3. The right space will put you in line with the right referrals.
Interaction with other attorneys puts you directly in line to receive a referral. This is true because you are making yourself known in the space. Over time, you may find yourself generating referrals that could potentially cover your entire rent and more some day.
For example in NYC, in a cheap shared office space rental, a lawyer can expect to pay, minimally, $1,000 per month. If that firm can transform their rent from a fixed expense to a profit center, the firm can add significant additional profit to the firm’s bottom line.
An extra $1,000 (or more) in profit can pay the monthly lease on your apartment, earn you a nice little shopping spree or even help you save for a rainy day.
The key to making this happen is being selective about the other attorneys in the shared office space. This is a particular issue in spaces where there are few resident lawyers, like what you would find in your typical lawyer co-op or a subleased office from another law firm. (This is somewhat less of a concern in a bigger shared office space with many self-employed attorneys practicing in different areas of the law, like what you would find in an executive suite for law firms.)
If an attorney is expecting to collaborate or earn referrals in the future, he or she should make sure other attorneys in the space have complementary practice areas and that the office is social in culture.
Keep in mind that just because there are attorneys in a shared office space that could send referrals does not mean that they will. If the office space has a culture where everyone sticks to themselves behind closed, locked doors, then you’ll never have an opportunity to build the relationships required to exchange referrals.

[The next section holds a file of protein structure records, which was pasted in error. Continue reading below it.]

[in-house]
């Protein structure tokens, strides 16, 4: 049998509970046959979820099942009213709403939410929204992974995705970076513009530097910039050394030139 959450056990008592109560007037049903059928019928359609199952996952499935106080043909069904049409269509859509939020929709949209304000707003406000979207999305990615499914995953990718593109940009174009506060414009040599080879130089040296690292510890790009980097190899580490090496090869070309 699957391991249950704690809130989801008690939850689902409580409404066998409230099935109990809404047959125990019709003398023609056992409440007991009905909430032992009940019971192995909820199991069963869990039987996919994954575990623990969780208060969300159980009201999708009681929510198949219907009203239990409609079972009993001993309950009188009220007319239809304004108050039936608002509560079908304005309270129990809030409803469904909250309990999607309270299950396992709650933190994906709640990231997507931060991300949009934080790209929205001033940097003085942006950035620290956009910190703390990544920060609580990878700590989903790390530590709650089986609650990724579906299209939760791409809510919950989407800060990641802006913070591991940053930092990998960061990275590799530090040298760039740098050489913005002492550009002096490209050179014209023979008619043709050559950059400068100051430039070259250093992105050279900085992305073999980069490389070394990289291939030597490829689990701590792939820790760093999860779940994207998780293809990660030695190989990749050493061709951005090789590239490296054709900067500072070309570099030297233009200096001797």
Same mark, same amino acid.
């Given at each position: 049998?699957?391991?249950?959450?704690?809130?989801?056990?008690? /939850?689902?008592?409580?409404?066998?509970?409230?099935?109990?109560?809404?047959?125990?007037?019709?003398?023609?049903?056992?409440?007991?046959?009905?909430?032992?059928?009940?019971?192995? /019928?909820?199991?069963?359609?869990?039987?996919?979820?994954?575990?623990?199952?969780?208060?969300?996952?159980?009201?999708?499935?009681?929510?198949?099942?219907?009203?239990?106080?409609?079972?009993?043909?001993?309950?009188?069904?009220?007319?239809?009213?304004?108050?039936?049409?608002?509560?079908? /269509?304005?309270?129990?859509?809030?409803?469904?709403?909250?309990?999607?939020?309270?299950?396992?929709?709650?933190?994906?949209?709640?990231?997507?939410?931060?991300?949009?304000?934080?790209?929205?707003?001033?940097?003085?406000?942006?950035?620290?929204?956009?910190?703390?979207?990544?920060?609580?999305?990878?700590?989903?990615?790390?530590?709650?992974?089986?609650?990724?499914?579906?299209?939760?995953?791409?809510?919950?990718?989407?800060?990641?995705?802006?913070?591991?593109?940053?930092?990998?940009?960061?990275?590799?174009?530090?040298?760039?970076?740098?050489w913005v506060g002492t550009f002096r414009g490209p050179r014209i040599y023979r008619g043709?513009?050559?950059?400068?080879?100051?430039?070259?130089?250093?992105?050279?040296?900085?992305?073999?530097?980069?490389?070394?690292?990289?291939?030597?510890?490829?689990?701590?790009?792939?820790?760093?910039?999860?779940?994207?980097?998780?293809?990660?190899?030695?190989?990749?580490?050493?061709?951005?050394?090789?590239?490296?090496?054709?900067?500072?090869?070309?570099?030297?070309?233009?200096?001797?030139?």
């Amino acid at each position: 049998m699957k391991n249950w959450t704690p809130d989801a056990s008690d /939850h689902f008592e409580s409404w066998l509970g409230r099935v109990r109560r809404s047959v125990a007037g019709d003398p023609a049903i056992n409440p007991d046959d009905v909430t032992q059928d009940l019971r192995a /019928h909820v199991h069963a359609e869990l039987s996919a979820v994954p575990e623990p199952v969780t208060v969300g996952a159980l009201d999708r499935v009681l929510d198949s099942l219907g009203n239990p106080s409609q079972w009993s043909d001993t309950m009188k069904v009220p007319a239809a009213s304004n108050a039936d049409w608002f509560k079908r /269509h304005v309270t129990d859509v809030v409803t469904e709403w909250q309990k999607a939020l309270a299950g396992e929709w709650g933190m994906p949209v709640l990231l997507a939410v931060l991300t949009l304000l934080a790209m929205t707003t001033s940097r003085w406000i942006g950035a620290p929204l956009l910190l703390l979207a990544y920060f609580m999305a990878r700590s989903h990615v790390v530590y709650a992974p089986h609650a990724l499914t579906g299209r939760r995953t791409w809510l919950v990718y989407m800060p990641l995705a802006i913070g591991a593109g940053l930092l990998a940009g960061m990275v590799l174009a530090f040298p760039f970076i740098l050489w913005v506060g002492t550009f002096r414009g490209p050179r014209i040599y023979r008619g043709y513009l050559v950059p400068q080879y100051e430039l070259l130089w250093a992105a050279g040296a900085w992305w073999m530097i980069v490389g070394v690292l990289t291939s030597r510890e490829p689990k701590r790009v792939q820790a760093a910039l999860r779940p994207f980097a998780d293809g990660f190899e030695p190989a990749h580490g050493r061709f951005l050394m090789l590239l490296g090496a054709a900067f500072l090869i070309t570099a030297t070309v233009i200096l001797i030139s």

Having friendly and outgoing tenants in your shared space makes it easier and more natural to build referral potential.
I’m Joleena Louis and I’m a divorce attorney.
My name is Jonathan Geballe, and my practice areas are primarily real estate
My name is Steven MetcaIf II, and I primarily practice criminal defense
My name is Michael Grossman. I do primarily personal injury cases.
I think being with the community of lawyers in various specialties has increased my income, rather dramatically.
Probably over 85% of my business came from other attorneys from Law Firm Suites.
Yeah, well, Law Firm Suites is actually produced for me, sufficient amount of my client base that I don’t really need to do out of the office networking.
If you want to be more successful, you have to surround yourself with more successful people.
Since I’ve been here. I’ve been here, what, I think about five years now or going on five years. I’ve processed and completed two of the largest cases I’ve had since I started practicing.
We got some big cases, we got some big outcomes, and we’ve brought in at the end of the day some money, some big money. And being here in this office allowed us to be able to do each of those things.
and part of it is because with the other attorneys around, I can rely on them if nothing else for encouragement and pushing me forward and not giving up on something that appears very difficult.
It does mean that the time I have to spend thinking about where is my next case coming from, has pretty much dropped off.
I really don’t think that my practice would be where it is now without Law Firm Suites.